Anonymous
Anonymous asked in Society & CultureReligion & Spirituality · 1 decade ago

What does it mean to "judge" someone?

People are constantly accusing others of "judging". What are you saying about someone when you are judging them?

Where do you draw the line between having an opinion about someone and "judging" them?

If I think someone has made an irrational decision, can I not have that opinion without being accusing of being "judgmental"?

Just curious. I think the term is used far too often.

Update:

problem: I don't think I've ever said that anyone here is not as good or valid as me. The problem, I think, is that when I state my opinion, people take it to mean that I automatically assume that I think I'm better than them, or something. That's not my problem, is it?

Update 2:

(((Jon M))) Good point.

23 Answers

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  • Bruce
    Lv 7
    1 decade ago
    Best answer

    Linz,

    Jesus' teachings about judgment are not only overused, but taken out of context.

    Most of Jesus' teachings about judgment concern a future final judgment, when he will separate the just from the just (e.g., John 5:27-30). That's not at issue when postchristian liberals accuse Christians of being judgmental.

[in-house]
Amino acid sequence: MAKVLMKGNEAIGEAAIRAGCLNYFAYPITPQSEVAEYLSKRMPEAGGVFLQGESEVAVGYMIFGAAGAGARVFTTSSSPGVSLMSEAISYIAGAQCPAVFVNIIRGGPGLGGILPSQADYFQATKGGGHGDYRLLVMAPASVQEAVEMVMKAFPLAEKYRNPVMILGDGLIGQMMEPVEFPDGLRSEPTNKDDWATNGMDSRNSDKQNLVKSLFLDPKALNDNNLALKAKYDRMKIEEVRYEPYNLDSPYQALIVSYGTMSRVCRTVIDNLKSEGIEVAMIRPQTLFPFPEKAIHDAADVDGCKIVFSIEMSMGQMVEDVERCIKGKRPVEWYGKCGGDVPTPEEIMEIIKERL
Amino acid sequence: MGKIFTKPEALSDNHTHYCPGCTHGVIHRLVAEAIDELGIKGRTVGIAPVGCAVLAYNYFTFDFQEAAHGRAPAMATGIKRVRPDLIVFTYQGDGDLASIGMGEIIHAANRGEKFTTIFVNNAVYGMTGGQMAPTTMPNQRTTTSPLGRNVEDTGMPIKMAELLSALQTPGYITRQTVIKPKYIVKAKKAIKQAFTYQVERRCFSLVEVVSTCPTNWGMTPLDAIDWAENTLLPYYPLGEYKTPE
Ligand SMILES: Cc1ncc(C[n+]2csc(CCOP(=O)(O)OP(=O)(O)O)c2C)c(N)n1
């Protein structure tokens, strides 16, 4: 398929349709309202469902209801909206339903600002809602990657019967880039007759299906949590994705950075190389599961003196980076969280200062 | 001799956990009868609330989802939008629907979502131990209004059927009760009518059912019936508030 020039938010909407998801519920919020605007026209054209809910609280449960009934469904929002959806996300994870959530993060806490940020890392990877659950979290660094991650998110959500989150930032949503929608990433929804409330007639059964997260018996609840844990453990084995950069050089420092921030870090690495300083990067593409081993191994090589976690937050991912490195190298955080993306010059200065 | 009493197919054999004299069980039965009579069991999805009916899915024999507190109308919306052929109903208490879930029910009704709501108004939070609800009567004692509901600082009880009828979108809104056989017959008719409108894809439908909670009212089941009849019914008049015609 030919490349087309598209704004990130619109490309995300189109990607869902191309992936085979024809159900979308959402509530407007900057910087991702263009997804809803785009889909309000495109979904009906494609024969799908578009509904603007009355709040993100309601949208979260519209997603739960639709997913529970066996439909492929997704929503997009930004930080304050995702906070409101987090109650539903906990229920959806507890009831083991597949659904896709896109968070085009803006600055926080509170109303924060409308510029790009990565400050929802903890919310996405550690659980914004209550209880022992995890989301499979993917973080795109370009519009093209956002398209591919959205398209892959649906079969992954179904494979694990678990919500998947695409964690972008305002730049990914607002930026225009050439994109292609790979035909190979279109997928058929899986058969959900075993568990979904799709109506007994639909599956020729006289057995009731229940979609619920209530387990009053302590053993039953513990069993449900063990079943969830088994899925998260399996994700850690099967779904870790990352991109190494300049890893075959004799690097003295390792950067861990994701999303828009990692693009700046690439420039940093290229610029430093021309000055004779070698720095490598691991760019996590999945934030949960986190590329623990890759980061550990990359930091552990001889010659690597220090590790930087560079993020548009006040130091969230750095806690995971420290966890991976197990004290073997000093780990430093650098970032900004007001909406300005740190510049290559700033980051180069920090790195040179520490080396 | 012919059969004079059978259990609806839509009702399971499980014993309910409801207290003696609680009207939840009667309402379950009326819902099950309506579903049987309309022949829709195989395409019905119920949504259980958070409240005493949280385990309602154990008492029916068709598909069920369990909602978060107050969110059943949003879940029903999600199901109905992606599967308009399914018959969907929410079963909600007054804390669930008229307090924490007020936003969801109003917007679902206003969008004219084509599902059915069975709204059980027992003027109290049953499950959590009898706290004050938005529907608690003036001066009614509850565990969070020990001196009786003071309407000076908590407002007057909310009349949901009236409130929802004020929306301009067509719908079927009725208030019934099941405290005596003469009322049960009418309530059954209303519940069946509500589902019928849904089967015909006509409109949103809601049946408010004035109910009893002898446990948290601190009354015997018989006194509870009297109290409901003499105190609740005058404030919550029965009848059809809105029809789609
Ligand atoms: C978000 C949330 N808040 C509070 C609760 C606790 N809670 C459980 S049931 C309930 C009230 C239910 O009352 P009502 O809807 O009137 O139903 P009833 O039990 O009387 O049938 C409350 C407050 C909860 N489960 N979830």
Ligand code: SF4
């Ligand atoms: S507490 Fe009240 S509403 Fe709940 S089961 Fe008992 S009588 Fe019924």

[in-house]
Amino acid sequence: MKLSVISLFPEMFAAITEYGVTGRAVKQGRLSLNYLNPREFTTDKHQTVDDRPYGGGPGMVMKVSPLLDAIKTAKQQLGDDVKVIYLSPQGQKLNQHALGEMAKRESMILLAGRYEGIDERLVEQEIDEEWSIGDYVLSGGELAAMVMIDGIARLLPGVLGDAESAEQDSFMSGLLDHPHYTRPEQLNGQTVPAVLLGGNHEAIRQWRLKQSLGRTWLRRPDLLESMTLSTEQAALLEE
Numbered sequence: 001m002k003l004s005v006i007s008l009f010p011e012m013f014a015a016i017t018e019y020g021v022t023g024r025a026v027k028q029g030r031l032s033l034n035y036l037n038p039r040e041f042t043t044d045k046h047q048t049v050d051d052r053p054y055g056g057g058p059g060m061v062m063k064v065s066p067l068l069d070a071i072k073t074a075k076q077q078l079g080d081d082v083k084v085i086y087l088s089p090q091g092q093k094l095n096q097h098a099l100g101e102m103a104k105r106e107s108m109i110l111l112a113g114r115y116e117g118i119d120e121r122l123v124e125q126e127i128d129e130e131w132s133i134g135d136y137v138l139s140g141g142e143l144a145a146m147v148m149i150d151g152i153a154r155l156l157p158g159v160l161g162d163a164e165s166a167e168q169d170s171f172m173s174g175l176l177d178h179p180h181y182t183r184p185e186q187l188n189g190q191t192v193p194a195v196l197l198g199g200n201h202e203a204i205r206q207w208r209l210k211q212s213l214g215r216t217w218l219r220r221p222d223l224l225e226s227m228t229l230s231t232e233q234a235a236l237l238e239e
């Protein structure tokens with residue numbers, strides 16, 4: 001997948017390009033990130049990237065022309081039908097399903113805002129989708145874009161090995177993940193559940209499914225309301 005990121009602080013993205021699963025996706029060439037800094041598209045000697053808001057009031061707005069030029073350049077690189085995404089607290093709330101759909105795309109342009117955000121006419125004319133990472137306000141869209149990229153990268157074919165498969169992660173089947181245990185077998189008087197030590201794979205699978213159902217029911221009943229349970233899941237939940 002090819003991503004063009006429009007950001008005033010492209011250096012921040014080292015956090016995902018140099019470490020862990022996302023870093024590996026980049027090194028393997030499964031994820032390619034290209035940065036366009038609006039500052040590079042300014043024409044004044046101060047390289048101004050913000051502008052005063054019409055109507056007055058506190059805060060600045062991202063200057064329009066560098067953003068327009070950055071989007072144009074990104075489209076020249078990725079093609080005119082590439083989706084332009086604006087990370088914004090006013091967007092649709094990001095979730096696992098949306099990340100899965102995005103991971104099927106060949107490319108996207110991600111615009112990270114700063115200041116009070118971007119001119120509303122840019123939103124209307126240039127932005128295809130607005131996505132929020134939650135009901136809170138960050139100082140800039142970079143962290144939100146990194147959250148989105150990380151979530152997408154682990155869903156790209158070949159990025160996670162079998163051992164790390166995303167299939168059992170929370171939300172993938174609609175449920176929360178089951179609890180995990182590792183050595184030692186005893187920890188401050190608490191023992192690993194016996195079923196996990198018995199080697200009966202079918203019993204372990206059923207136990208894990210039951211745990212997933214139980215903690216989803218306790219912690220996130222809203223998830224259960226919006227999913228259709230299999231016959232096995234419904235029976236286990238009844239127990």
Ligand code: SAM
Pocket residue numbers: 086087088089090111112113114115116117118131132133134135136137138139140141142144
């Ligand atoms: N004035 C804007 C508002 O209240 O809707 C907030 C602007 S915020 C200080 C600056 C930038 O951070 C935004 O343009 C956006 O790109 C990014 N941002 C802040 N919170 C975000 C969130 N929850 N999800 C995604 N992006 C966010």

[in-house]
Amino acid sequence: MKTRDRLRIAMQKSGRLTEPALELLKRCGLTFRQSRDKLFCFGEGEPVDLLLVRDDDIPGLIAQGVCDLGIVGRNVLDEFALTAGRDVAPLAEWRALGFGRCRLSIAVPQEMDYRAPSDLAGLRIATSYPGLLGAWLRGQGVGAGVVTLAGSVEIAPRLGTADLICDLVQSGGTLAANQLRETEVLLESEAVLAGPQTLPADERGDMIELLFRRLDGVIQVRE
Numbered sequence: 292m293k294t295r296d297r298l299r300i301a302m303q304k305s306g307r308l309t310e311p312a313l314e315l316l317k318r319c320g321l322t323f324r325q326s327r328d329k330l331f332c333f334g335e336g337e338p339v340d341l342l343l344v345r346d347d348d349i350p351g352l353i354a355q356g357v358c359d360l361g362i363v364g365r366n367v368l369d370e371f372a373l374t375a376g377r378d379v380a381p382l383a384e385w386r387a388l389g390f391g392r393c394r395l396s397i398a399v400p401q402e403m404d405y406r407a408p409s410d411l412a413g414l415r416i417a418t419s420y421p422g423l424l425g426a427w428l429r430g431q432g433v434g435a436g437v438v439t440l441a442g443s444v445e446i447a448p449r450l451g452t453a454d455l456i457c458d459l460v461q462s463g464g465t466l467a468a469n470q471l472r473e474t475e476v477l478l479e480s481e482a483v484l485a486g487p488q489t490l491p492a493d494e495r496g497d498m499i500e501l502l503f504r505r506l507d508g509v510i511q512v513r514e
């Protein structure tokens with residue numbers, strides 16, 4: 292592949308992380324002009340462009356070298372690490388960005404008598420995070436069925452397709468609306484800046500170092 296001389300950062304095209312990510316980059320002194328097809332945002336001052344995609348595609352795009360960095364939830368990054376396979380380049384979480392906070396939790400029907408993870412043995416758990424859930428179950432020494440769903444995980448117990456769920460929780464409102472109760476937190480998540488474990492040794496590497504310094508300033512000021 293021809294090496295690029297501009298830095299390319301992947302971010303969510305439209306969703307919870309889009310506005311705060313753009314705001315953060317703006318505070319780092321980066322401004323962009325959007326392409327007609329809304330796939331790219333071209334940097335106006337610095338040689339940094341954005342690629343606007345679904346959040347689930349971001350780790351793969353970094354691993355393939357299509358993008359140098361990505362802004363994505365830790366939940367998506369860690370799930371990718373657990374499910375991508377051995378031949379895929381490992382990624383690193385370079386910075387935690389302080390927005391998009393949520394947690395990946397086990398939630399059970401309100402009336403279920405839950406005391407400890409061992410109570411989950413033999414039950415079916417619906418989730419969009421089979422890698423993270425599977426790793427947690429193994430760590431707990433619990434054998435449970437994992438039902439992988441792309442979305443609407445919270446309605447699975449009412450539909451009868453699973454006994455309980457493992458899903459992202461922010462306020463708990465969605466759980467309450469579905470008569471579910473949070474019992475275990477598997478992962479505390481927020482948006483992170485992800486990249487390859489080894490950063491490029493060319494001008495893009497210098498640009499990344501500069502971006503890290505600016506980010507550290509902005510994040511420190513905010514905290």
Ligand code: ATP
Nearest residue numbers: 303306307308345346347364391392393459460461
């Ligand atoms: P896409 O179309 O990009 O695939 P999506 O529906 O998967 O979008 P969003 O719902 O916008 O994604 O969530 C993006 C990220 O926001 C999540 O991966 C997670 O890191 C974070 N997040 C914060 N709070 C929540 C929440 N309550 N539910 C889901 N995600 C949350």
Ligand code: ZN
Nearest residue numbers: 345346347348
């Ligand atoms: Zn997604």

Jesus taught about an everyday "judgment" in the sense of evaluating behavior. We have to make such judgments to avoid sin, and to decide how to associate with others.

    Here's the key teaching:

    John 7:23-24: Now if a child can be circumcised on the Sabbath so that the law of Moses may not be broken, why are you angry with me for healing the whole man on the Sabbath? Stop judging by mere appearances, and make a right judgment."

    A "right judgment" applies God's standards. Where people go wrong is applying standards to others that they don't apply to themselves. Here's how Jesus explained it:

    Matthew 7:1-2: "Do not judge, or you too will be judged. For in the same way you judge others, you will be judged, and with the measure you use, it will be measured to you."

    We only hear verse 1 thrown at us, but the meaning is not clear until verse 2: We are to evaluate conduct by God's standards and apply those standards to ourselves.